The panel on the Circular Economy was moderated by Luc Triangle, General Secretary of industriAll Europe, and gathered representatives from different fields. Panellists debated on how to mainstream Circular Economy concepts, i.e. how to move the operations of maintenance, repair, upgrade and recycling from the margins to the centre of the system.
Patrik Bjönström illustrated with concrete examples, drawn from Swedish cases, that the Circular Economy is already a reality in wood processing, steel production and recycling of electronic waste. It is based on technology, innovation and investment. When made early, an investment in the Circular Economy can enable a company to become a world leader.
Adrian Deboutière shared the convergent results of numerous studies at national and European levels on the expected potential for job creation of the Circular Economy. More precisely, he identified potential jobs in the energy transition, in re-manufacturing, repair, and leasing business models. For France, the figures total ca. 450 000 new jobs; at EU level ca. 2.5 million.
Hugo-Maria Schally explained the rationale behind the Circular Economy Package published in December 2015, which includes elements on production, consumption, waste management, the market for “secondary” raw materials (i.e. for materials recovered from waste) and innovation.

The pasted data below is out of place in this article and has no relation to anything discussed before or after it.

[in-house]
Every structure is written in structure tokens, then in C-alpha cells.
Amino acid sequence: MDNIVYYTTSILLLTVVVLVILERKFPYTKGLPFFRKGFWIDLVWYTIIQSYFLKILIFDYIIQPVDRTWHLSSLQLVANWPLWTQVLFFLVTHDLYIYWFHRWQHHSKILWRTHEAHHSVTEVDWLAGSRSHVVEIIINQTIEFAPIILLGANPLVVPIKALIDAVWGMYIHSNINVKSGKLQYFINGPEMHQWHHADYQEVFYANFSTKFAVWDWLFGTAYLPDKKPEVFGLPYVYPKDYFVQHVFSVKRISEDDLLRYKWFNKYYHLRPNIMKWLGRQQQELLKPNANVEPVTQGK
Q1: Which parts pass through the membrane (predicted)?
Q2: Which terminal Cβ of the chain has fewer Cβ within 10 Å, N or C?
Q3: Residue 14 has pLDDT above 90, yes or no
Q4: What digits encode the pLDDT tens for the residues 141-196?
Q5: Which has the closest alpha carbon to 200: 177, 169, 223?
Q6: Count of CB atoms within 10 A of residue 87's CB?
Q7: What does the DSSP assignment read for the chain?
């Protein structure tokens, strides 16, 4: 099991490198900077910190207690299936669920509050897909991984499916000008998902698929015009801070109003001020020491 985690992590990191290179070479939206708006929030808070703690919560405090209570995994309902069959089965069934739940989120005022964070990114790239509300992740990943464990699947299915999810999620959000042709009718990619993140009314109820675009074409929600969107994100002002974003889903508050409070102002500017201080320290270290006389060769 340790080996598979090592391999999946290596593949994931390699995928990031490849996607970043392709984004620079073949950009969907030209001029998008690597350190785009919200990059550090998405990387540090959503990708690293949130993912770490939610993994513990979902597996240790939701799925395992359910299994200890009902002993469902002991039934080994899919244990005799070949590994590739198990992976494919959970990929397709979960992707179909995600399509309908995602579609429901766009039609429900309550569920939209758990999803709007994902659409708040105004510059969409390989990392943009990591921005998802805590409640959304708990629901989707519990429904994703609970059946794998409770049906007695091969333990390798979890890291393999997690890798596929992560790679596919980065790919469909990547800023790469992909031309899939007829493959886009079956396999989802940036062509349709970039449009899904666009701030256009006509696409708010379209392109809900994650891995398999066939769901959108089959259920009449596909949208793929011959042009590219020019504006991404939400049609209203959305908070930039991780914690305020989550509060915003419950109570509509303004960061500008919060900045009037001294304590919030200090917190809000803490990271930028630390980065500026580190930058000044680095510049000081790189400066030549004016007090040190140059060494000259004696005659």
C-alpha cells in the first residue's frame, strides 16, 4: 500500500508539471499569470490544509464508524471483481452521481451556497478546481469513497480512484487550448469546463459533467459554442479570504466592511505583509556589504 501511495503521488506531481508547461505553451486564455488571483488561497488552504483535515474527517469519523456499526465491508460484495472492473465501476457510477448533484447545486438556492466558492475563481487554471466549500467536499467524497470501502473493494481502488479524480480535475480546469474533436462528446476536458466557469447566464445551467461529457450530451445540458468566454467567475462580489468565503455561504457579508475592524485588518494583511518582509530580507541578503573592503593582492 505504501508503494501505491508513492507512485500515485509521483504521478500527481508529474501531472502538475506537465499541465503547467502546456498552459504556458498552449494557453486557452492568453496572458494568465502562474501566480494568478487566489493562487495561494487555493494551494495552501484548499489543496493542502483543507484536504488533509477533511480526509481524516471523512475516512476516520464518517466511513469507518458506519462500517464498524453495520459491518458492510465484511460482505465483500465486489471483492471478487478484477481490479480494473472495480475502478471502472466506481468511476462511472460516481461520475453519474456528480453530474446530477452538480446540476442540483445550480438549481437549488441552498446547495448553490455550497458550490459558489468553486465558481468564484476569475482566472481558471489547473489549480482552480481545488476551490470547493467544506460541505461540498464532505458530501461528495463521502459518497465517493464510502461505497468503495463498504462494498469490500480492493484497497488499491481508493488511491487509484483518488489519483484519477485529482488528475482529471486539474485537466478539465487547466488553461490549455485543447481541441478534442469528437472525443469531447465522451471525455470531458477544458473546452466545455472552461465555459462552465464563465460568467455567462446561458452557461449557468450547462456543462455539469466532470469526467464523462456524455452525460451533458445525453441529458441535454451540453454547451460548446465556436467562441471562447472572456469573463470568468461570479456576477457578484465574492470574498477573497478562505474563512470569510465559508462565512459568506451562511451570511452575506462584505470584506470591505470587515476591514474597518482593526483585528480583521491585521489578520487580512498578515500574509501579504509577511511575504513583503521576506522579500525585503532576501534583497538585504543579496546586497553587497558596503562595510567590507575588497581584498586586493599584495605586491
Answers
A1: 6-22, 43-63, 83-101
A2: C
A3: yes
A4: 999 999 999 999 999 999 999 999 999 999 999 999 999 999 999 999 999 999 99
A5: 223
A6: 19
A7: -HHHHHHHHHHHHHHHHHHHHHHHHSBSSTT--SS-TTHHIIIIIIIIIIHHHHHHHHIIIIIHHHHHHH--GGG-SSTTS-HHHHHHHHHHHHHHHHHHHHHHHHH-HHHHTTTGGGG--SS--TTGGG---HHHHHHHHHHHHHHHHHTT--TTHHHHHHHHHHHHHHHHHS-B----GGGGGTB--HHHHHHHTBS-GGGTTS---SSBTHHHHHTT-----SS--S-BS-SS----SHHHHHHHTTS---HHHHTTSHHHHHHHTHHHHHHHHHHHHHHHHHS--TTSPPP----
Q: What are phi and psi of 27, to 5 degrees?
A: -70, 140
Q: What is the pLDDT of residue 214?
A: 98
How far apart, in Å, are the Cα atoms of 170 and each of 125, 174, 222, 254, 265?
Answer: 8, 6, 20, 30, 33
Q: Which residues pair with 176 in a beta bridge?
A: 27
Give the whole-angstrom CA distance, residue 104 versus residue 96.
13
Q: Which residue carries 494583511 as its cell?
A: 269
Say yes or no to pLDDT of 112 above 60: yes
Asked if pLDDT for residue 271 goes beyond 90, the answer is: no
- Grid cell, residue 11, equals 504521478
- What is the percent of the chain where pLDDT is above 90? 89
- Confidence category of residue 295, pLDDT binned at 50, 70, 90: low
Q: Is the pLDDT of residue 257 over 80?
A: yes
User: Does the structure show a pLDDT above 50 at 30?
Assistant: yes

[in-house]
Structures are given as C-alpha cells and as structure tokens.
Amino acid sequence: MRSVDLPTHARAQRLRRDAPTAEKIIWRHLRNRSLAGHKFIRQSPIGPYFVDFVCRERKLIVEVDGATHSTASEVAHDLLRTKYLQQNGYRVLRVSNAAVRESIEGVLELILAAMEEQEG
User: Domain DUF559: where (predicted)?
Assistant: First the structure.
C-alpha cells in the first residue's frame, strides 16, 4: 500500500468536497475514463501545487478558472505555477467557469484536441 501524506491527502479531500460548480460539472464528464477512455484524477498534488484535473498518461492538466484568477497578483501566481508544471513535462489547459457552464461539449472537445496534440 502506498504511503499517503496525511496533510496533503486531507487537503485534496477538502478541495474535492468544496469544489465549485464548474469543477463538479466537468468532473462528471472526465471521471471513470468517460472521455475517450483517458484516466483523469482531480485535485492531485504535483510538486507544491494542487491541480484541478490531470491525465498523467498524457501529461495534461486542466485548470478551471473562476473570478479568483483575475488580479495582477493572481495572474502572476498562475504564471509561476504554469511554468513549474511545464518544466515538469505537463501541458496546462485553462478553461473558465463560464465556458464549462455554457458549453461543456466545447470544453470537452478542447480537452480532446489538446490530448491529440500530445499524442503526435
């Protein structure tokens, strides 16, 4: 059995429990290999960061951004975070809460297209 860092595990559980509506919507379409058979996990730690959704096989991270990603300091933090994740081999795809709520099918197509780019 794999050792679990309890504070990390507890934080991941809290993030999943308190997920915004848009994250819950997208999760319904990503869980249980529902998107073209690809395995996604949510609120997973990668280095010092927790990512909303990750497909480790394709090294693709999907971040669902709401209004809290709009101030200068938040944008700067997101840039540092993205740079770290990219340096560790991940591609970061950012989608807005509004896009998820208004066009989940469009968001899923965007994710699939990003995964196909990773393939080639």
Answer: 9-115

Laurent Zibell presented industriAll Europe's proposal on an industrialised Circular Economy, where its operations (maintenance, repair, upgrade, recycling) are performed efficiently, for high-quality output and at a low cost, because they make use of industrial processes.
In the ensuing discussion with the audience, the main issue appeared to be the mainstreaming of the Circular Economy concepts (long-life products, easy maintenance, repair, upgrade and recycling) into the existing business models. Some companies implement them profitably, mainly in Business-to-Business (B2B) relationships. The challenge ahead lies when selling to final consumers, who have less expertise in assessing the longevity and quality of a product, and are price-driven. The introduction of Eco-design requirements, where longevity, maintainability, repairability and upgradability are embedded in the product at the design stage, was identified as an essential measure to be taken. It is also a set of requirements with which European industries can gain a competitive advantage, and thus recover market share and jobs.